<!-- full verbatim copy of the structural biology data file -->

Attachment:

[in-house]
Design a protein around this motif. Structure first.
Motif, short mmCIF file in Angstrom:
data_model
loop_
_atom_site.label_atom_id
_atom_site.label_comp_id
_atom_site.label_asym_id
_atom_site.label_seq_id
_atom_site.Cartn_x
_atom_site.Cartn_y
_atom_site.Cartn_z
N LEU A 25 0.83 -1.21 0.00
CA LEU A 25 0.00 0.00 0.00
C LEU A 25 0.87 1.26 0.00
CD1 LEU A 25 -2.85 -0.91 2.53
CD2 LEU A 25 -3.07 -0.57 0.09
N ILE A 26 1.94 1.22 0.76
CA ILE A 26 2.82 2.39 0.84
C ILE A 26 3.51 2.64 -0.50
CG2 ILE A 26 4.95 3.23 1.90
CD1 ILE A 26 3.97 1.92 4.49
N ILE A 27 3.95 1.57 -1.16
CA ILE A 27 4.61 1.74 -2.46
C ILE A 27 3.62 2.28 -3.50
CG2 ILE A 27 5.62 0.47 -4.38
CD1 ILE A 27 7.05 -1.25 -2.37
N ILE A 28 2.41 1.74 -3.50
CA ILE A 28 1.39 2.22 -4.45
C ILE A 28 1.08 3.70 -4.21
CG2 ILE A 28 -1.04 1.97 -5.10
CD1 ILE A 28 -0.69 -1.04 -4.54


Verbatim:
[in-house]
Design a protein around this motif. Structure first.
Motif, short mmCIF file in Angstrom:
data_model
loop_
_atom_site.label_atom_id
_atom_site.label_comp_id
_atom_site.label_asym_id
_atom_site.label_seq_id
_atom_site.Cartn_x
_atom_site.Cartn_y
_atom_site.Cartn_z
N LEU A 25 0.83 -1.21 0.00
CA LEU A 25 0.00 0.00 0.00
C LEU A 25 0.87 1.26 0.00
CD1 LEU A 25 -2.85 -0.91 2.53
CD2 LEU A 25 -3.07 -0.57 0.09
N ILE A 26 1.94 1.22 0.76
CA ILE A 26 2.82 2.39 0.84
C ILE A 26 3.51 2.64 -0.50
CG2 ILE A 26 4.95 3.23 1.90
CD1 ILE A 26 3.97 1.92 4.49
N ILE A 27 3.95 1.57 -1.16
CA ILE A 27 4.61 1.74 -2.46
C ILE A 27 3.62 2.28 -3.50
CG2 ILE A 27 5.62 0.47 -4.38
CD1 ILE A 27 7.05 -1.25 -2.37
N ILE A 28 2.41 1.74 -3.50
CA ILE A 28 1.39 2.22 -4.45
C ILE A 28 1.08 3.70 -4.21
CG2 ILE A 28 -1.04 1.97 -5.10
CD1 ILE A 28 -0.69 -1.04 -4.54